The Russian Soyuz is currently the only spacecraft capable of carrying astronauts to the International Space Station (ISS). Getting on board involves a laundry list of procedures, etiquette and superstitions. For instance… Here is a list of some of the rituals you would need to follow before boarding a Russian rocket:
– One of the most poignant memorials to spaceflight is an avenue of trees at Baikonur – the city in Kazakhstan, where the Soyuz rockets are launched. Planted over the past 50 years, each tree represents a mission and the cosmonauts or astronauts who flew it. Today, it is traditional for each crew member to plant his or her own sapling.
– In Russia everything needs to be signed for and that includes your rocket. It is traditional for the crew to sign-off their spacecraft to indicate their approval that it is fit for flight. The crew also sign a wall in the museum at Baikonur and the door of their bedroom at the hotel after their last night on Earth. On their return, the crew also very often sign the charred outer casing of their space capsule.
– It is considered bad luck for the crew to watch their rocket being rolled out to the launch pad, so they are kept away. But, just as the crew have traditions to maintain, so do the engineers, support staff and astronaut families. The Soyuz is moved from its hangar on a railway line, by a lumbering diesel locomotive. As the train inches towards the pad, spectators place coins on the track to be flattened by the wheels. This is believed to bring luck to the mission. Once the rocket has reached the launchpad, it is blessed by a priest.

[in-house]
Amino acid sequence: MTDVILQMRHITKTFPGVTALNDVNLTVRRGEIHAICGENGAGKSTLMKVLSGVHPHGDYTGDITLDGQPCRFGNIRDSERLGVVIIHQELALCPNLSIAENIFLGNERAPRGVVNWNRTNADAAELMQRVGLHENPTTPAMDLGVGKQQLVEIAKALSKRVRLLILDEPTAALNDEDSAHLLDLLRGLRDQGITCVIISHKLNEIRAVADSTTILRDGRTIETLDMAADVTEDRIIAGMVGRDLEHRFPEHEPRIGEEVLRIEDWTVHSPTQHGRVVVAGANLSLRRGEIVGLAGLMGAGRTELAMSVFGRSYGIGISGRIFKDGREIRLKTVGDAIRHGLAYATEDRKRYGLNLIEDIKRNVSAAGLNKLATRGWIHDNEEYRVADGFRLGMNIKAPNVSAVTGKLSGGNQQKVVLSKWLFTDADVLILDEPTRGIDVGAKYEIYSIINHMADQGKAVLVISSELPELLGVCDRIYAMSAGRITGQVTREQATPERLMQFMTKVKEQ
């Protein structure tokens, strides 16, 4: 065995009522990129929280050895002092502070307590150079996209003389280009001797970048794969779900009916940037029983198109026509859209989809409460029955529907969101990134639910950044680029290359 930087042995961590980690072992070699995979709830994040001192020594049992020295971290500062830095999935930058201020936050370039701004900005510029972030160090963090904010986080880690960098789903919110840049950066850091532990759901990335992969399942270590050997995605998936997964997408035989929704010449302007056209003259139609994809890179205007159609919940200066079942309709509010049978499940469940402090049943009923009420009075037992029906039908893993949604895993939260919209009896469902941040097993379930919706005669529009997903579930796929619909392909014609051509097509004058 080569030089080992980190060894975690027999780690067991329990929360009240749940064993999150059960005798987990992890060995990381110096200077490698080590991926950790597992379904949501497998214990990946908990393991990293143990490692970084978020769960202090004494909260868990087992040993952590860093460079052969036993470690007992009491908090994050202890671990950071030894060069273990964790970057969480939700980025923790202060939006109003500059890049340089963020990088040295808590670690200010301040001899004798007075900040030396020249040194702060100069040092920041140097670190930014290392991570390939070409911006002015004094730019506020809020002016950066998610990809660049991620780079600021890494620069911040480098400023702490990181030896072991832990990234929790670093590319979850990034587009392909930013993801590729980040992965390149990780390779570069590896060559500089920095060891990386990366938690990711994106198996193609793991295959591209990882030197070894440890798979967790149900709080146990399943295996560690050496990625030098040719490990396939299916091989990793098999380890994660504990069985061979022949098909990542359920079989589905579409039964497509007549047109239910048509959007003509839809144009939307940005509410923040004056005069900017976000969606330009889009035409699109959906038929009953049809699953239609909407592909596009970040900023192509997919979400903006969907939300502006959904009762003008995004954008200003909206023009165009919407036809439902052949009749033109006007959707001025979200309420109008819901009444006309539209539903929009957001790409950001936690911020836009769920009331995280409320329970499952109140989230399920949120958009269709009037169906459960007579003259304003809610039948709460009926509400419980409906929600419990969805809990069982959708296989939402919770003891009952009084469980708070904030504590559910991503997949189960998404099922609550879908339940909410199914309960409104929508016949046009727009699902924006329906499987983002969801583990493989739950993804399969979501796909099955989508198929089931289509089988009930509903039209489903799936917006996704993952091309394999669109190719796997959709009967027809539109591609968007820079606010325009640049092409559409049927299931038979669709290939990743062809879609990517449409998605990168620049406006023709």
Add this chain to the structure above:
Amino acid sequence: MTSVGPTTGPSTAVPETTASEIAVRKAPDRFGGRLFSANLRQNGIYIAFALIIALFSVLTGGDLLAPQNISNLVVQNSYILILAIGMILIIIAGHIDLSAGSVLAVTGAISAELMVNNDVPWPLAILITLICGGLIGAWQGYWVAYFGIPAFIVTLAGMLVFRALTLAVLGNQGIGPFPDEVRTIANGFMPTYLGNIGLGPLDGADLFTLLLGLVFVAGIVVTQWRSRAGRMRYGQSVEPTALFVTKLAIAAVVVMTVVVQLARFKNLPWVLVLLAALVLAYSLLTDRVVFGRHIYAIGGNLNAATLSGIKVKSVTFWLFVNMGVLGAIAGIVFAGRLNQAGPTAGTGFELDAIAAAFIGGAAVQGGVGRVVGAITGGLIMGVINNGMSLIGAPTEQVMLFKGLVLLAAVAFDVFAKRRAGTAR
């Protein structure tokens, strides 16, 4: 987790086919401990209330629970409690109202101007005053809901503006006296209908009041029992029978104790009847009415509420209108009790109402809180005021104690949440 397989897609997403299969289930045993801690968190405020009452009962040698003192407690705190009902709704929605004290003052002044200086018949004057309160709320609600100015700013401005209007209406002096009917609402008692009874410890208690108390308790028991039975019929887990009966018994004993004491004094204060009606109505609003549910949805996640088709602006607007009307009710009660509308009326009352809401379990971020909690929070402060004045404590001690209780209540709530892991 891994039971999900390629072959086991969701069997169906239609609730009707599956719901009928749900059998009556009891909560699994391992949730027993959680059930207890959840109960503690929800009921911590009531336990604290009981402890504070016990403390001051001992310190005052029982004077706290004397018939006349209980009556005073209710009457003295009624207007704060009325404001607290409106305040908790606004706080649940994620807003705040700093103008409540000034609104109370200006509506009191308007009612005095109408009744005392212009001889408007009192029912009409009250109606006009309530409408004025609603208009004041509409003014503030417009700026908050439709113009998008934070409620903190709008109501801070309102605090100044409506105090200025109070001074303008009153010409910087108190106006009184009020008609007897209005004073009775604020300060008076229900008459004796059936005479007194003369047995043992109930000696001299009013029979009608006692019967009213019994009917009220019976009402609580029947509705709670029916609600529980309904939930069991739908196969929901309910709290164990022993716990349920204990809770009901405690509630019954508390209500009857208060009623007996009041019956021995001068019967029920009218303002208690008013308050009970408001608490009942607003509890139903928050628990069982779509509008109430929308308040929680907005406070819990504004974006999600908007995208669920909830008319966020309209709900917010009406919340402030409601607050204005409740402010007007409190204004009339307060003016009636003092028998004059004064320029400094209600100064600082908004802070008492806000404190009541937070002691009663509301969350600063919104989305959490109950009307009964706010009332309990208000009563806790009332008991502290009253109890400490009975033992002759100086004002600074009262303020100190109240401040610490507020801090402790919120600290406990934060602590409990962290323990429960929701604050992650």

– Watch the capsule interior video during any Russian rocket launch and you will notice a cuddly toy hanging from the instrument panel. Not only do these toys serve as mascots for the mission, they also serve a serious purpose. When the rockets have finished burning and the Soyuz reaches orbit, the toys will float free to indicate to the crew that they are now in weightlessness.
– Probably the oddest tradition of the Russian space program also goes back to cosmonaut, Yuri Gagarin. Apparently on his way to the launch pad in 1961, Yuri Gagarin asked the bus to pull over so he could relieve himself. He got out and urinated against the back right-hand tire. To this day, male astronauts are still expected to leave their bus, unzip their suits and urinate on the back right hand tire. Female astronauts have been known to bring vials of their urine to splash on the wheel.